We all know that the US built up their military in 1940 and with our allies won WWII. That is now history.  But in 1936 the US military was minuscule and outdated and ill prepared for war, while war ravages Europe and Asia (Japan invaded China in 1931).

Our ill preparedness worried some and was used for a wonderful pulp story line in Operator 5 the Purple War series. Those who read pulp stories know about this saga.

In the Purple War series, the United States was invaded by the Purple Empire, a European power (a thinly disguised Nazi Germany). The saga told of Jimmy Christopher and his friends working to free the U.S. from the forces of the Empire. Even when the war was done, the U.S. was still open to enemy invasion as it was still recovering.

Recently the story line was reprinted here is the advertising blurb:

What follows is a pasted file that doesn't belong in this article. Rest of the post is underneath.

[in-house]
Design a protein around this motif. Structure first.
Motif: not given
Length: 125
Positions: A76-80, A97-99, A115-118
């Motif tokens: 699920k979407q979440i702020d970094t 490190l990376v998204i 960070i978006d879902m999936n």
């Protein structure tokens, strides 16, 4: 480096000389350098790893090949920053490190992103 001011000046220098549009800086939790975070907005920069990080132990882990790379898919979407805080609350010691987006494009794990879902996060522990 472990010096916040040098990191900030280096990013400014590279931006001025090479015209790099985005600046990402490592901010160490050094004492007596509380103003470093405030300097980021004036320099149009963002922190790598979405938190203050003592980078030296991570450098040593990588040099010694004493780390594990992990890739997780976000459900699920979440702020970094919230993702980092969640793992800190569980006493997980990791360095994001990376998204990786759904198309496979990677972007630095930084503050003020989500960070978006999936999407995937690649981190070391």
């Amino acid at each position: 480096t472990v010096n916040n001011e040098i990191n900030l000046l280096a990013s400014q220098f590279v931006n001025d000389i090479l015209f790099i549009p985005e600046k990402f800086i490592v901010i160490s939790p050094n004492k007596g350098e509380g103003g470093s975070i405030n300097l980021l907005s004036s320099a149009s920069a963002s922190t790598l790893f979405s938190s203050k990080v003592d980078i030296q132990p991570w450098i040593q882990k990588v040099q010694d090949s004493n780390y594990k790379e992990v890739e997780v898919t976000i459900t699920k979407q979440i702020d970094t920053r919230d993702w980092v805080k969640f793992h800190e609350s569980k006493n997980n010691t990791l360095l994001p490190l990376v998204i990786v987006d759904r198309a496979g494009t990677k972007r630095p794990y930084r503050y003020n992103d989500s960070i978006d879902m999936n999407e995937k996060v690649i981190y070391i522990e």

The “War and Peace of the Pulps” is finally collected in a two-volume deluxe, hardcover edition. Running in the pages of Operator #5 magazine from 1936–38, this 14-part epic chronicled the invasion and conquering of America by a mysterious foe from Europe: The Purple Empire. As Will Murray describes in this edition’s Introduction: “Battles rage from coast to coast. The exploits of Operator 5 shift from espionage and counterespionage to straight military adventure. Through it all, Jimmy Christopher rises to become the de facto leader of the resistance.” Written by Emile C. Tepperman (author of The Spider and The Masked Marksman) and containing nearly 300 illustrations by John Fleming Gould, this half-million-word saga remains the greatest epic to see print in Golden Age of the pulps and is still considered most risky and ambitious experiment ever undertaken in the single-character magazines.

While three previous wars were fought in US soil (Revolution, War of 1812 and the Civil War) none have been modern wars.  This Future War narratives garishly prefigured World War II and we lost. Operator #5 throughout was secret agent Jimmy Christopher, whose assignment – increasingly hard to fulfil as later issues of the series became more apocalyptic was save the US.

It is lively pulp reading

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